Mewing: A Miracle Shortcut to Reshape Jaws or Just Another Internet Fad?

The video discusses the „mewing“ craze, which claims to be a non-surgical method for reshaping jaws and improving teeth. Mewing involves placing the tongue on the roof of the mouth and exerting slight pressure, along with jaw exercises, to strengthen facial muscles. Orthotropics, the basis for mewing, focuses on natural growth guidance and non-extraction methods to align teeth. However, there is a lack of scientific evidence comparing orthotropics to traditional orthodontics. While early intervention may have some impact, the ability to transform facial structure through mewing diminishes with age. The video warns against relying solely on mewing for significant changes and suggests seeking appropriate professional treatment.

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Key Insights:

  • The Mewing craze promotes tongue and jaw exercises as a natural way to reshape the face and jaw without surgery.
  • Mewing involves placing the tongue flat on the roof of the mouth and exerting slight pressure on the palate.
  • Orthotropics, the discipline behind Mewing, focuses on natural growth guidance and non-extraction methods to align teeth.
  • Orthodontics, the traditional approach, uses braces and appliances to mechanically align teeth.
  • Orthotropics believes facial form can be changed over time through muscle strengthening exercises, posture improvement, and appliance use.
  • Orthotropics emphasizes the importance of early prevention for more permanent results.
  • There is controversy and skepticism surrounding orthotropics, with some questioning its legitimacy.
  • Mewing exercises are relatively harmless if done correctly, but over-chewing can negatively impact the TMJ.
  • Nasal obstruction and sleep apnea are caused by various factors beyond just tongue position.
  • Mewing and jaw exercises may have limited impact on changing crooked teeth, sleep apnea, or other significant cosmetic changes.
  • Mewing and orthotropics in adulthood give a false sense of control over facial anatomy.


There’s a mewing craze taking over the Internet. It’s touted as a cure-all way to snatch your face and jaw without any surgery, and the best part is, it’s free. Is mewing a miracle shortcut to reshaping jaws and improving teeth, or is it just another fad designed to claim your eyeballs and steal your digital attention? Let’s find out.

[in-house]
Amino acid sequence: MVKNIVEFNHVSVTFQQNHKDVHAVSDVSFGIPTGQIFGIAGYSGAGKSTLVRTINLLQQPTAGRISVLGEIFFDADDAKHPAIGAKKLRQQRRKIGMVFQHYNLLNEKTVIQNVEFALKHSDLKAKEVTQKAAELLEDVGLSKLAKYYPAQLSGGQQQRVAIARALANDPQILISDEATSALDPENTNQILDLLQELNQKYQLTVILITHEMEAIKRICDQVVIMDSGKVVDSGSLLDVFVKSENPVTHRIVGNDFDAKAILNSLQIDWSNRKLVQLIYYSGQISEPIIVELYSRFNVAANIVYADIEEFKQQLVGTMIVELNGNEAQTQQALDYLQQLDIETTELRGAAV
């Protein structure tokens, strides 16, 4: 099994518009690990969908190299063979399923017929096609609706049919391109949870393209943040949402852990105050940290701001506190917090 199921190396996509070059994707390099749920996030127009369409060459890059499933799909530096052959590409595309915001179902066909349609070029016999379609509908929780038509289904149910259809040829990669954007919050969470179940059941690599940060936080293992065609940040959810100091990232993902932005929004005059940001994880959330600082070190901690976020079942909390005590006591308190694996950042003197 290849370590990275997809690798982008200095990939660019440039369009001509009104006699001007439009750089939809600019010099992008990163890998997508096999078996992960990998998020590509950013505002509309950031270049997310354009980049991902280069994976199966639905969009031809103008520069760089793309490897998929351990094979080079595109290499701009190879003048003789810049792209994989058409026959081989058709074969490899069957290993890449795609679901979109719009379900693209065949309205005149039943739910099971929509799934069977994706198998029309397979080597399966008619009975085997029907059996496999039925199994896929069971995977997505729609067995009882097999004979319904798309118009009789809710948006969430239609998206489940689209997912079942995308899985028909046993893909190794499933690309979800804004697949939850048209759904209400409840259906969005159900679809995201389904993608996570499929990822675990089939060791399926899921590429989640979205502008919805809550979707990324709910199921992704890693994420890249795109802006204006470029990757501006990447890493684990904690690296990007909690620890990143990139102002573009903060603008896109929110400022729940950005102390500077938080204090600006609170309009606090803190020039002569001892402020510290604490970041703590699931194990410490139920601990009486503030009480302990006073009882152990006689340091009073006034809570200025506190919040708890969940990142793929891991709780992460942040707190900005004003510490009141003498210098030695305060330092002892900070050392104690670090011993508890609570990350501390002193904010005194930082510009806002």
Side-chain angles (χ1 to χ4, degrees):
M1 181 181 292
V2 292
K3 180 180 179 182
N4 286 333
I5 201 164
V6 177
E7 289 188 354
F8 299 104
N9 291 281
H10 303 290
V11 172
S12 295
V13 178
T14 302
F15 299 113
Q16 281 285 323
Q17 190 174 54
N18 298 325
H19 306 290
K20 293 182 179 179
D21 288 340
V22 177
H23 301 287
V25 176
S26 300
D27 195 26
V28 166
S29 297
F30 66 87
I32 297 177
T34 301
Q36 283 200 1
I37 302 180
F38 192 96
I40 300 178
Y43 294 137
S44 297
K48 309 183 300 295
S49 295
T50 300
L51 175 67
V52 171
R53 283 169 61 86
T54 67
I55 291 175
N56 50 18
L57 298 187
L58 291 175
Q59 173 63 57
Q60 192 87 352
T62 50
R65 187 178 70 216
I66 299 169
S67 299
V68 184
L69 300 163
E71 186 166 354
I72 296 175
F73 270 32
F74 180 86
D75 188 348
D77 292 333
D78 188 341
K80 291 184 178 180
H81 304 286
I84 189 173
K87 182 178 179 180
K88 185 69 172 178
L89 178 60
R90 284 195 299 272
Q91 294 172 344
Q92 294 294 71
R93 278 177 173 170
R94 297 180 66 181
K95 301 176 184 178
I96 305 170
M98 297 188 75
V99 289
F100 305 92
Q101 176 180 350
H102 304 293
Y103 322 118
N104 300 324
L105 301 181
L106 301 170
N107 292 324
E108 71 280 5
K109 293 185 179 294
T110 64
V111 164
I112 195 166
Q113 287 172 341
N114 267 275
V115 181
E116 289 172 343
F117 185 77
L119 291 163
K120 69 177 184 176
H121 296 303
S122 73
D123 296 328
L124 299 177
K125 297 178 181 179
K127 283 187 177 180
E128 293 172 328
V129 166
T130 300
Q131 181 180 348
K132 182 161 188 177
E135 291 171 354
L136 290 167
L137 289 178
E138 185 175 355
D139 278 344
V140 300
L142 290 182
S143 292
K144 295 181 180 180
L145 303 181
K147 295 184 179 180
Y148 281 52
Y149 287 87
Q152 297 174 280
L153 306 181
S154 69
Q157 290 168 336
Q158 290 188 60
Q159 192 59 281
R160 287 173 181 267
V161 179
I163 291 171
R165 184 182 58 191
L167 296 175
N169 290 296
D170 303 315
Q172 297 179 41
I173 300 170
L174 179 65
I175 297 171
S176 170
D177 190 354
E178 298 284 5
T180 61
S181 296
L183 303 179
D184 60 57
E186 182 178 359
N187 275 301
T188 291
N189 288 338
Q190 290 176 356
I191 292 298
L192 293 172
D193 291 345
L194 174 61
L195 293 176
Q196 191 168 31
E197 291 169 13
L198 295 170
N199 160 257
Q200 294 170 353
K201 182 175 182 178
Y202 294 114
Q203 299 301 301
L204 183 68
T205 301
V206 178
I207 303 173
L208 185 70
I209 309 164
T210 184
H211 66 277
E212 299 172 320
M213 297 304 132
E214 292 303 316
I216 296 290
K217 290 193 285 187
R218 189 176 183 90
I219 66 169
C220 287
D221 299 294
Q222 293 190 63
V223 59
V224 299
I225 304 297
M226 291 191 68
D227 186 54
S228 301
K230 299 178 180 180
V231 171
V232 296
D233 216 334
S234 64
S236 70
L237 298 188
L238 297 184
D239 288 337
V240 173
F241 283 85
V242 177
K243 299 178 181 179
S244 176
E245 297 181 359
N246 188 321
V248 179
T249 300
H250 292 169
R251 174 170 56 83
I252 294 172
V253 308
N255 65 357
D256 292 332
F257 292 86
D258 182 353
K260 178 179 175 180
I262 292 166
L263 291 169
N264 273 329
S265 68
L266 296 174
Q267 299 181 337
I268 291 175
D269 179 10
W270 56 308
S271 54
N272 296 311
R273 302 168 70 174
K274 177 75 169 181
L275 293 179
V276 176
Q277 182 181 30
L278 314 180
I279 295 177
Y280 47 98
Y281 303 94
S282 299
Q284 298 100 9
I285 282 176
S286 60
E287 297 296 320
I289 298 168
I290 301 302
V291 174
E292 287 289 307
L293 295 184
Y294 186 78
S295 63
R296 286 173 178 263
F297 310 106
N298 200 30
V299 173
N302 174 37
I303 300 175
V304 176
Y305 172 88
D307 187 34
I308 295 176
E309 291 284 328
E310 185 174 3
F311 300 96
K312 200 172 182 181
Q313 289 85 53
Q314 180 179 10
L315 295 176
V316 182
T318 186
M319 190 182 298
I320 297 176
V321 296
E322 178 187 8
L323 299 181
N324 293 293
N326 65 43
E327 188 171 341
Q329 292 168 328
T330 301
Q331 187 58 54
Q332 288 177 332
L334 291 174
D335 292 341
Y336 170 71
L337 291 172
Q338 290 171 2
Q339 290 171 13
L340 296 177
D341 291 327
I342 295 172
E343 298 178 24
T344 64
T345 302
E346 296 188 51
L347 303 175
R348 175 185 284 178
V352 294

Mewing is named after the Mew family, a father and son Orthodontics family from the UK. Mewing supports chewing more and elevating your tongue towards your palate to support the mid-face. They talk about the inner U, which is the impact of the tongue, and the outer U, which is the effect of the jaw.

The most accepted technique to mew, as seen in many TikTok videos, is to place your tongue flat on the roof of your closed mouth and exert slight pressure on your palate without touching your teeth. Also, when swallowing, you should maintain this tongue position to the best of your ability and train your tongue to push fluids and food back, not using the sucking motion many of us use to swallow foods and fluids.

Now, many people also include jaw exercises meant to build up the masseter muscles, even employing dog chews such as the dog Kong. But to truly understand mewing, we first need to understand what orthotropics is.

Orthotropics‘ main theory is that facial form is under environmental influence over time. As a species, we’ve started to eat softer foods, which has led to less mastication or chewing, resulting in weaker muscles in the face and a less square jaw. Also, a change in our oral posture has led to reduced nasal breathing, and to adjust for this, we then have our tongues down, jaw down, lips apart, and our face becomes more vertical.

Also, due to the effects of reduced breastfeeding, we have developed a weakened swallow. They speculate that all of these things have led to a downswing in facial form and our face becoming more narrow. There is now less space for our tongue, teeth, and airway to coexist, leading to various problems such as crooked teeth, restricted airway, obstructive sleep apnea, and reduced nasal breathing. They call this phenotype craniofacial dystrophy.